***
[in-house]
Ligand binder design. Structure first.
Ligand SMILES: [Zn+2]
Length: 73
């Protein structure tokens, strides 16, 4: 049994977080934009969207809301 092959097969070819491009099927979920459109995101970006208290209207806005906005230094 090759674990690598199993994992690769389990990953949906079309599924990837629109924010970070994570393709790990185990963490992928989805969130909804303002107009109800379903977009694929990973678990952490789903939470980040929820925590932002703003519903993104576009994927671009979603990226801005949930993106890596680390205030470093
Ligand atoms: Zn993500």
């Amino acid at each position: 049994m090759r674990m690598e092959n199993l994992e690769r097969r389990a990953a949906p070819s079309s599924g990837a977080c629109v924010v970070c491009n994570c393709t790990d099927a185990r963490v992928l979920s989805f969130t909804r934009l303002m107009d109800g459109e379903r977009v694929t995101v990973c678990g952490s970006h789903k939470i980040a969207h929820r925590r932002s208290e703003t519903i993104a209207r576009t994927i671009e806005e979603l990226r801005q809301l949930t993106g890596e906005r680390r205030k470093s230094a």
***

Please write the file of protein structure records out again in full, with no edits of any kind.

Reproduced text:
[in-house]
Ligand binder design. Structure first.
Ligand SMILES: [Zn+2]
Length: 73
């Protein structure tokens, strides 16, 4: 049994977080934009969207809301 092959097969070819491009099927979920459109995101970006208290209207806005906005230094 090759674990690598199993994992690769389990990953949906079309599924990837629109924010970070994570393709790990185990963490992928989805969130909804303002107009109800379903977009694929990973678990952490789903939470980040929820925590932002703003519903993104576009994927671009979603990226801005949930993106890596680390205030470093
Ligand atoms: Zn993500």
């Amino acid at each position: 049994m090759r674990m690598e092959n199993l994992e690769r097969r389990a990953a949906p070819s079309s599924g990837a977080c629109v924010v970070c491009n994570c393709t790990d099927a185990r963490v992928l979920s989805f969130t909804r934009l303002m107009d109800g459109e379903r977009v694929t995101v990973c678990g952490s970006h789903k939470i980040a969207h929820r925590r932002s208290e703003t519903i993104a209207r576009t994927i671009e806005e979603l990226r801005q809301l949930t993106g890596e906005r680390r205030k470093s230094a």